CORD Launches Mobile Food Pantry

Food Assistance | January 3, 2018

mobile food pantry edited 2

Cape Cod is famously known to be a playground for the wealthy. But, on the flipside of that, there are the hungry, the homeless, the disabled, and those who struggle every day to find even the basics to survive, including food. There are literally more than 10,000 Cape Cod residents who wonder where their next meal will come from.

The Cape Organization for Rights of the Disabled (CORD) is trying to help. While there are many food pantries across the Cape helping the hungry, there are so many more residents who can’t get to these locations. That’s why CORD has launched its Mobile Food Pantry – to bring food closer to where those people are living.

“There are so many more people we need to reach with this,” says Coreen Brinckerhoff, President and CEO of CORD. “We’re only serving eight towns right now between Hyannis and Provincetown. There are thousands of people who need this available to them. And we need those people to reach out to us.”

The CORD Mobile Food Pantry is a big, yellow bus. The bus is loaded up each delivery day with non-perishable groceries and it finds a place large enough to park and for the bus to turn around, such as housing authorities or lower-income housing parking lots, where it will be visible. Unlike Meals on Wheels, the Mobile Food Pantry volunteers do not deliver door to door, but wait for people to come to them. And come, they do.

“We’re not competing with other pantries,” Brinckerhoff says. “We’re supplementing them. We offer canned goods, non-perishable goods, and have a ‘choice’ pantry – whatever that person needs, if we have it, they can have it.”

She adds that one person can get a minimum of two bags of food. And, although the CORD mission is to assist those with disabilities, no one who is hungry and in need of food will be turned away from the Mobile Food Pantry.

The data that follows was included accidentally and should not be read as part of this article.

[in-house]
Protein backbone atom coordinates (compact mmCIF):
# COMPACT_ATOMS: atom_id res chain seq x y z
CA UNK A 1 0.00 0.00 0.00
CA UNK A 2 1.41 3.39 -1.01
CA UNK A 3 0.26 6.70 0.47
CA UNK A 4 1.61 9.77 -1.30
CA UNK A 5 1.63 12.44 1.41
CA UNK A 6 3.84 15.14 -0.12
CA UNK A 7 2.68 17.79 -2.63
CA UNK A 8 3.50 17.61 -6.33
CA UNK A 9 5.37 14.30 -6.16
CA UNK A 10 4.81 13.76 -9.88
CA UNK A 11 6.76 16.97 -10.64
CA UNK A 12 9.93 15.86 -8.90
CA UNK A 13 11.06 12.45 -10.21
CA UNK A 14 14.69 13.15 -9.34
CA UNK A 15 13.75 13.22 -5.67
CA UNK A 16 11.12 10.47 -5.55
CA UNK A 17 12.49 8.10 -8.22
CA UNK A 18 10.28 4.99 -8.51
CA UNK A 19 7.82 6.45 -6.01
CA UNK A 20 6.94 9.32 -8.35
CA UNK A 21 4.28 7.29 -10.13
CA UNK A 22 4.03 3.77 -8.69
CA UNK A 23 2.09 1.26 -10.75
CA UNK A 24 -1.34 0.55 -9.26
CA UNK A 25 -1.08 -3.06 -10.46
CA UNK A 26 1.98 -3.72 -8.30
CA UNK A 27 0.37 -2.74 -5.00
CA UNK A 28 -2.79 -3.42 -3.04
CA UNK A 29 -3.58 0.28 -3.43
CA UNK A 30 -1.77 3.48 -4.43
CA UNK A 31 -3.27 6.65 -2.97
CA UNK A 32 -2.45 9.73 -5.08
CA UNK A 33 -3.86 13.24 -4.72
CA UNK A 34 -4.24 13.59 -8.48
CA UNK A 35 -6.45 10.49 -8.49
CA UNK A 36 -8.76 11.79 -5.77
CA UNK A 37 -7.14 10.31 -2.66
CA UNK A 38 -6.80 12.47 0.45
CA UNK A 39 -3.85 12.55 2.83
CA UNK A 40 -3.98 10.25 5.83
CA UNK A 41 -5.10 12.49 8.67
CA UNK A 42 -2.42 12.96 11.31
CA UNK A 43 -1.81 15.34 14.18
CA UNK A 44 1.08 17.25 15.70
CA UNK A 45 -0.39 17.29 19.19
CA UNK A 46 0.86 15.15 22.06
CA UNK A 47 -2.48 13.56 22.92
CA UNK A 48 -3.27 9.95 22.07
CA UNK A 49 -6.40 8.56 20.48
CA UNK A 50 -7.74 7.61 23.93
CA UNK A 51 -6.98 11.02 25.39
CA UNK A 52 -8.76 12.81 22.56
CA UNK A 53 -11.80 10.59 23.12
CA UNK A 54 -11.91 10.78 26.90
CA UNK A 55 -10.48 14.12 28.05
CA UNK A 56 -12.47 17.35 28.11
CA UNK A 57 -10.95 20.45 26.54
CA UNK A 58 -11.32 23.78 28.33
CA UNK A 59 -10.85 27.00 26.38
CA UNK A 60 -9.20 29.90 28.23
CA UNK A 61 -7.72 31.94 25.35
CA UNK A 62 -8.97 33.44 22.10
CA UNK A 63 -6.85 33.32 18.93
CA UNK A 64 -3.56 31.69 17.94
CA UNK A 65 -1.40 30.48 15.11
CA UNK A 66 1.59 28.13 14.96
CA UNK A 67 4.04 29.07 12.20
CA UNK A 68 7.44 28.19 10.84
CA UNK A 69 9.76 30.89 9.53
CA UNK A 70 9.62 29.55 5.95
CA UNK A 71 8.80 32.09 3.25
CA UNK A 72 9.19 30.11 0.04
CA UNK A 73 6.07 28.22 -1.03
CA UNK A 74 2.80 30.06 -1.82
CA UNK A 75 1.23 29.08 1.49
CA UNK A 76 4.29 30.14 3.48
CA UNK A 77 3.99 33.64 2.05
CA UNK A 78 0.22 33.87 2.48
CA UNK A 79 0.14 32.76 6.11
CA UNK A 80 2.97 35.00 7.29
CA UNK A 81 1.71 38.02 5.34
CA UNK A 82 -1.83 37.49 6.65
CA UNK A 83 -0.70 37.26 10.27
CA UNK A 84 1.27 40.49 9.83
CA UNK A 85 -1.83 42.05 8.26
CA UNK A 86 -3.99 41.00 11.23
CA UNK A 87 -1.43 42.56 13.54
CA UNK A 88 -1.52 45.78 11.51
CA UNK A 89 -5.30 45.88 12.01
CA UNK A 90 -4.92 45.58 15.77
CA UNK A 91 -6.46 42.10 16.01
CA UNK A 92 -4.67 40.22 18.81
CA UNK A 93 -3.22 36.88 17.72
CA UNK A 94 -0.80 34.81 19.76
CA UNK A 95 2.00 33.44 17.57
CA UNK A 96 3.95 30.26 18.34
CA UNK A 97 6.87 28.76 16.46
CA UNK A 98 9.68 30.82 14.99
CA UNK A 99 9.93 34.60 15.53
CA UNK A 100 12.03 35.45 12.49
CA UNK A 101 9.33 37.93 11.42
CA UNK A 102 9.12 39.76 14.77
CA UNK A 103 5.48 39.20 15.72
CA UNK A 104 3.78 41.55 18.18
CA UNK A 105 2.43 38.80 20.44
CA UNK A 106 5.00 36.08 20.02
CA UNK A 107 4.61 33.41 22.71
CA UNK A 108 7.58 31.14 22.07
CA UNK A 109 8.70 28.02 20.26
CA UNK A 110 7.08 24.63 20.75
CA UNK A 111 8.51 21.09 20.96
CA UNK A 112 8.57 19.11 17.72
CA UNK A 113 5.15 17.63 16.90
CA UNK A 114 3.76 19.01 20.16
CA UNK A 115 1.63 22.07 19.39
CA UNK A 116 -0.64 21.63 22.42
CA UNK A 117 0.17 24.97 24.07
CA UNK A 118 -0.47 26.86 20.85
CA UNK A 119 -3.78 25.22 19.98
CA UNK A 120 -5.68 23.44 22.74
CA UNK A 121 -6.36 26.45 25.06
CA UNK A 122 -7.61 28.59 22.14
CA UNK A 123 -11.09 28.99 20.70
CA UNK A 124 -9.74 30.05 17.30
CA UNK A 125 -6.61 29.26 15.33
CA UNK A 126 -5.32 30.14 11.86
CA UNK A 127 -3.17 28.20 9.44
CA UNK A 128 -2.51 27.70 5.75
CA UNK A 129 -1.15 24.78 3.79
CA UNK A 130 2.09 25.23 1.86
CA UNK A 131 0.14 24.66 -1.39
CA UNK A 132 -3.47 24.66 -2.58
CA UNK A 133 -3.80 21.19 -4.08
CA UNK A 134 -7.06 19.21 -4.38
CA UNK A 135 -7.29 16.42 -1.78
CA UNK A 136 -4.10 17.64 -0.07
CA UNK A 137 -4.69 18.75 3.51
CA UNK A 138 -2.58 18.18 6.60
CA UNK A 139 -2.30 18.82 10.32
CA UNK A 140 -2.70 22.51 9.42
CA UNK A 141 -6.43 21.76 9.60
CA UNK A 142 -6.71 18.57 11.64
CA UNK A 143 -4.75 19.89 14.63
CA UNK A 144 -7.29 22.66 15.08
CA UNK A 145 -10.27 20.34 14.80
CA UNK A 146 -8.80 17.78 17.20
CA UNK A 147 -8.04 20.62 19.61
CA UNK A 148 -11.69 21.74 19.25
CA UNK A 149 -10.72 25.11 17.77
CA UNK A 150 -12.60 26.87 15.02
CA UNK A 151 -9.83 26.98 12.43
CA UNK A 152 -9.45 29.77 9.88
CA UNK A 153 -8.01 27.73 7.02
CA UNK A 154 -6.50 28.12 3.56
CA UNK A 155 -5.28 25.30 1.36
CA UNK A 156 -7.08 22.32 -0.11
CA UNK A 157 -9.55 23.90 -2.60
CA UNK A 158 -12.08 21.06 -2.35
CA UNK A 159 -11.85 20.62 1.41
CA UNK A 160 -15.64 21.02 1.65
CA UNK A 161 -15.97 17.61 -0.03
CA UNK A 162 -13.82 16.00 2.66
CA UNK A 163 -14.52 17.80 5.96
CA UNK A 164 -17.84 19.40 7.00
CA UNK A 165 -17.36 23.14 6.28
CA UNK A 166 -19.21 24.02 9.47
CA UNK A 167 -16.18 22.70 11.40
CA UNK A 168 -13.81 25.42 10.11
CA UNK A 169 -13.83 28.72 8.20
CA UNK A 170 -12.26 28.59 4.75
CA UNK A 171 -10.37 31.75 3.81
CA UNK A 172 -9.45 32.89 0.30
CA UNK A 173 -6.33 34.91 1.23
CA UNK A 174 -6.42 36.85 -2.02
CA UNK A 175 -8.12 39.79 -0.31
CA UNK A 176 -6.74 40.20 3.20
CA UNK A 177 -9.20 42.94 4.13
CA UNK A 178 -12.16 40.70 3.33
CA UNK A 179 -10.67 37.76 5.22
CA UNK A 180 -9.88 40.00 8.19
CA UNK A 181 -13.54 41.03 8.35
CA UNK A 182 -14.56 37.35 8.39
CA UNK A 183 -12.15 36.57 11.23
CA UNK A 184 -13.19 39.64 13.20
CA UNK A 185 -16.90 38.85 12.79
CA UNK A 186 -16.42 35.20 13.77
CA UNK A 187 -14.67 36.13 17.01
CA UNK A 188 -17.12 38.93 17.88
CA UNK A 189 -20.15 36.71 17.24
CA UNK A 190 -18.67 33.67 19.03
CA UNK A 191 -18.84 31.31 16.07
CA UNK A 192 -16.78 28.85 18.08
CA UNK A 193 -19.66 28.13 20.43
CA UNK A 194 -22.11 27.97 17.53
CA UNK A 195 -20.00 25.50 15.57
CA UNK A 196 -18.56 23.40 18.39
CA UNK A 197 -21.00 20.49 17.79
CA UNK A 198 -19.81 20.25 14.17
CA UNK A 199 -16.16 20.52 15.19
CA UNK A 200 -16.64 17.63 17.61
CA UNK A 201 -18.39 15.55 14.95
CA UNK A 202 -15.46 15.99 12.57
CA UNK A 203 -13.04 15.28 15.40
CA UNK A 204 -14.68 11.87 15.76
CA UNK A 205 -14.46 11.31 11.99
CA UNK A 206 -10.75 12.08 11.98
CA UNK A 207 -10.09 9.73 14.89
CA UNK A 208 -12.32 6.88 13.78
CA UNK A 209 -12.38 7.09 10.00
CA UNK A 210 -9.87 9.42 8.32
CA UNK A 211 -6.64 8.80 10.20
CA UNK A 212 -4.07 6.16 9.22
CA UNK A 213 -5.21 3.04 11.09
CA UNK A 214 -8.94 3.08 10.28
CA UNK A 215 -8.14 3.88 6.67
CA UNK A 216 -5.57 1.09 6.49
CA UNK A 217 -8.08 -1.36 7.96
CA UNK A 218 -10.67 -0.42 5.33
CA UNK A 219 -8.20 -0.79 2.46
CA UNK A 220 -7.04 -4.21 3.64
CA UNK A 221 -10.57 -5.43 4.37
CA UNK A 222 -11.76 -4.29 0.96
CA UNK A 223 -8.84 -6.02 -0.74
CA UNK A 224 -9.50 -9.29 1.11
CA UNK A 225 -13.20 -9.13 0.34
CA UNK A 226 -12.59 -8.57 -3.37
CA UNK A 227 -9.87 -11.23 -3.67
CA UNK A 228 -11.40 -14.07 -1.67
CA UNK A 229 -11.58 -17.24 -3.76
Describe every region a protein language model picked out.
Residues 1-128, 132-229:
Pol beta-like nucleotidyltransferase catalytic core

Brinckerhoff says they do occasional food drives but the majority of food comes from the Boston Food Bank. People have been very generous, she adds, “but hunger is a real problem on the Cape. There should not be so many in need.”

Mike Magnant, Executive Vice President and COO of CORD, stresses the importance of the need for funding for this project. One bus will not be able to provide the food needed to feed thousands.
“We need community support. This is not federally funded and we need funding,” he says. “The people we serve are our neighbors. Boulders need to be moved. Why would anyone let this go, unattended? For the benefit of everyone, CORD needs to win. We need people to become a part of this, to be inspired by this.”

Brinckerhoff says that CORD will have a second Mobile Food Pantry soon, and will be able to cover more area. She adds, however, that volunteers are desperately needed for this project to be successful. They are currently in need of drivers to operate the bus and distribute food, volunteers who can meet the bus at a given site and help give out food, people to help with data entry, food drives and fundraisers, etc.

Most importantly, she says, “We need donations – money, food, a little time – whatever a person or a business organization can do, it’s greatly appreciated.” CORD is reaching out to civic groups, local businesses and private donors.

To see a schedule of Mobile Food Pantry stops, to get more information, to volunteer or to make a tax-deductible donation, visit or call 508-775-8300.

It’s never too late to help your neighbors in need.